Local Ringwood Honey - Harvest Notes 2017
Local Ringwood Honey 2017 Harvest Notes
2017 was a good year - 56 lbs. Overall the weather was pretty much standard. A reasonably warm spring and the usual mixed summer. Not too hot, plenty of rain and the odd few days when the nectar flow was strong.
The 2017 crop of Ringwood Honey is a little lighter and dare I say sweeter. Although I'm not an expert, I would put this down to higher levels of glucose in the 2017 crop.
February saw the usual routine jobs - some new supers being made ready for the year. I always feel a sense of accomplishment when I've built these - it's an enjoyable job and you know that the bees have fresh foundation to go to work on.
April through July
There were good levels of nectar around in 2017. We're fortunate enough to be located in an area with many natural and cultivated plants. The yucca blossom was very strong this year and the bees spent a lot of the early summer months working it.
To the back of the apiary, there are many acres of wild flower which they feast on. I'm not much of a horticulturist so have no idea what these wild flowers are called, but the bees certainly liked them!
2017 Ringwood Honey jars and label design
I spent much of the winter months researching various honey jars and packaging concepts and given the brilliant feedback I had about the 2016 crop, I went a bit overboard.
Someone showed me a hexagonal honey jar from a design magazine and instantly, I was hooked. I had to get some and spent a couple of months trying to source them. After a lot of negotiations with a company in China, I was the proud owner of 200 hexagonal honey jars. It cost a small fortune to buy and ship them - but they looked fab. The hexagonal shape really showed off the honey and the bamboo tops, with integrated dipper were pretty cool too.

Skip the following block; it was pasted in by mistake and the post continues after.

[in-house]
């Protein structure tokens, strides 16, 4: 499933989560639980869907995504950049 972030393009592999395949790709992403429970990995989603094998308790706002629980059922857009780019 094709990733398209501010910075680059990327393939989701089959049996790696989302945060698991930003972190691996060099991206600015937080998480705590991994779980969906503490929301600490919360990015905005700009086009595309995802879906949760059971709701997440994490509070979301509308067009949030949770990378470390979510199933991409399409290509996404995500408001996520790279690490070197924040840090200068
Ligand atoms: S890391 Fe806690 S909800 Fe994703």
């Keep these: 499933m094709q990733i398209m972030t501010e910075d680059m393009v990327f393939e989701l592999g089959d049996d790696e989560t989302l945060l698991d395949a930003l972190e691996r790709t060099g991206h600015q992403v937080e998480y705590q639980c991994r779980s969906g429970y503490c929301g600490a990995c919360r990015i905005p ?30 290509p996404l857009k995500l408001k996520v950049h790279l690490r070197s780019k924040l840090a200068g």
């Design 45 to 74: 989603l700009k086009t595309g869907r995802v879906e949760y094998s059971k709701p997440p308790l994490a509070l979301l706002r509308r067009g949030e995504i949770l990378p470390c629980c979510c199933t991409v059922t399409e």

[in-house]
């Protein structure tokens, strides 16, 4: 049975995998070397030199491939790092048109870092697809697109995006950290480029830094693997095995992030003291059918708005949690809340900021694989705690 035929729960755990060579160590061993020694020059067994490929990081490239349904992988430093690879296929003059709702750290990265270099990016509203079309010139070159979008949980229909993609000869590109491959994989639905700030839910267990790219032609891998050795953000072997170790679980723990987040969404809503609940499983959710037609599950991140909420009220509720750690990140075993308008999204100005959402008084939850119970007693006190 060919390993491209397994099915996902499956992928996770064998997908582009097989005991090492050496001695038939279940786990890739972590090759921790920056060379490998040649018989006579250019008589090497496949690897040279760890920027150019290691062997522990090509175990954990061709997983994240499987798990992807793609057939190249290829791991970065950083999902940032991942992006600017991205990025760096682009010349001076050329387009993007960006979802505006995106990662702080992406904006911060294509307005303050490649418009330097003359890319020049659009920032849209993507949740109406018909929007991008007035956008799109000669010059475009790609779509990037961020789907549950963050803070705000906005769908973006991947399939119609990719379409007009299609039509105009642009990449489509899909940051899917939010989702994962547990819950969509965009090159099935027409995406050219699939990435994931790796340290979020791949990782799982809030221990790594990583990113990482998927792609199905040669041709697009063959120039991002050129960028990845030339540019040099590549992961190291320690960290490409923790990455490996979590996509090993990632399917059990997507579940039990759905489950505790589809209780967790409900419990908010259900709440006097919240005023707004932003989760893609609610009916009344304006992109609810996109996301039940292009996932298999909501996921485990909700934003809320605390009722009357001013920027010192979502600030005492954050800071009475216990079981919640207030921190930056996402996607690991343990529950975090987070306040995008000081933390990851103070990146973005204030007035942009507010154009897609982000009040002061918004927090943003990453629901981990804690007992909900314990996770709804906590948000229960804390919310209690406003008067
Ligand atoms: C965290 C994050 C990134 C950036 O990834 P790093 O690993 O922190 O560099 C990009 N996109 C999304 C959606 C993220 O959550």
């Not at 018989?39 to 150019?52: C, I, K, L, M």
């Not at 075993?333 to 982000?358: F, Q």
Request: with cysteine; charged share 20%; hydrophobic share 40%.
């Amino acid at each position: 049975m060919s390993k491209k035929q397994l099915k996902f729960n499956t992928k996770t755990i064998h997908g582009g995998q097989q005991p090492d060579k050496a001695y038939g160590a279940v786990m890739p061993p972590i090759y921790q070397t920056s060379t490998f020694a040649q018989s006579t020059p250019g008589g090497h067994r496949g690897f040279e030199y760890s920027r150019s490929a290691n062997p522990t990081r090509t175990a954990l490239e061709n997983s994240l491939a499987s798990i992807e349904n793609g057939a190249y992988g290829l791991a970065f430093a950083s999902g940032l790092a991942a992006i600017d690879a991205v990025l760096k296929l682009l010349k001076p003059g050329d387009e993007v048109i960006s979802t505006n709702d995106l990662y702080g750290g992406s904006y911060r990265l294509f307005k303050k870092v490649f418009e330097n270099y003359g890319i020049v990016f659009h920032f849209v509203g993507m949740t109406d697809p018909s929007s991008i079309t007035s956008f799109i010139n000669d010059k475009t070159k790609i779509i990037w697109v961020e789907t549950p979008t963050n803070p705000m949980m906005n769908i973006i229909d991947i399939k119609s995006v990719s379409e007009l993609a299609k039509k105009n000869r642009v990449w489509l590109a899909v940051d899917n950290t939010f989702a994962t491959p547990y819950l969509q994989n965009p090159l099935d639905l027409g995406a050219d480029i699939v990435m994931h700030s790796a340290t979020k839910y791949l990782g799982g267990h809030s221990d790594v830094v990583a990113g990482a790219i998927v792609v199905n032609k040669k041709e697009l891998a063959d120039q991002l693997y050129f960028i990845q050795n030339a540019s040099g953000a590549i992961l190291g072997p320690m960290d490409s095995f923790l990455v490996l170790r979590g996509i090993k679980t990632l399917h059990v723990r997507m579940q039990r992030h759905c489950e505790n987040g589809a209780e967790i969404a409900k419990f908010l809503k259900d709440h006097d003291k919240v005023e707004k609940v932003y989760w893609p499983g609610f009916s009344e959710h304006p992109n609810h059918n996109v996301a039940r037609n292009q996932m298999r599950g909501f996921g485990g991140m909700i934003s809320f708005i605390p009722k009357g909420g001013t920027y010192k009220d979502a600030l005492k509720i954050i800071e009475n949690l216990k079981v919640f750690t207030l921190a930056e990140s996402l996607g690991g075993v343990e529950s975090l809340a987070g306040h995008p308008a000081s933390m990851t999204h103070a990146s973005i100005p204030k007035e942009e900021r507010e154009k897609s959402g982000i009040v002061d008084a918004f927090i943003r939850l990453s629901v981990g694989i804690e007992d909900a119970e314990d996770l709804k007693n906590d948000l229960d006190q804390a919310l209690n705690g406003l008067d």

But looks aside they just weren't very practical and they were too expensive. The tops were not robust enough to allow the honey to be sent in the post and the shape of the jar meant it was a messy affair getting the honey out. They're great as feature bottles and they people who had them loved the design, but I had a few comments about them being unpractical.
I used a transparent label to keep the brand centred and the honey showing through. A minimal amount of statutory information was placed on the front and a smaller label on the back carried the other required information.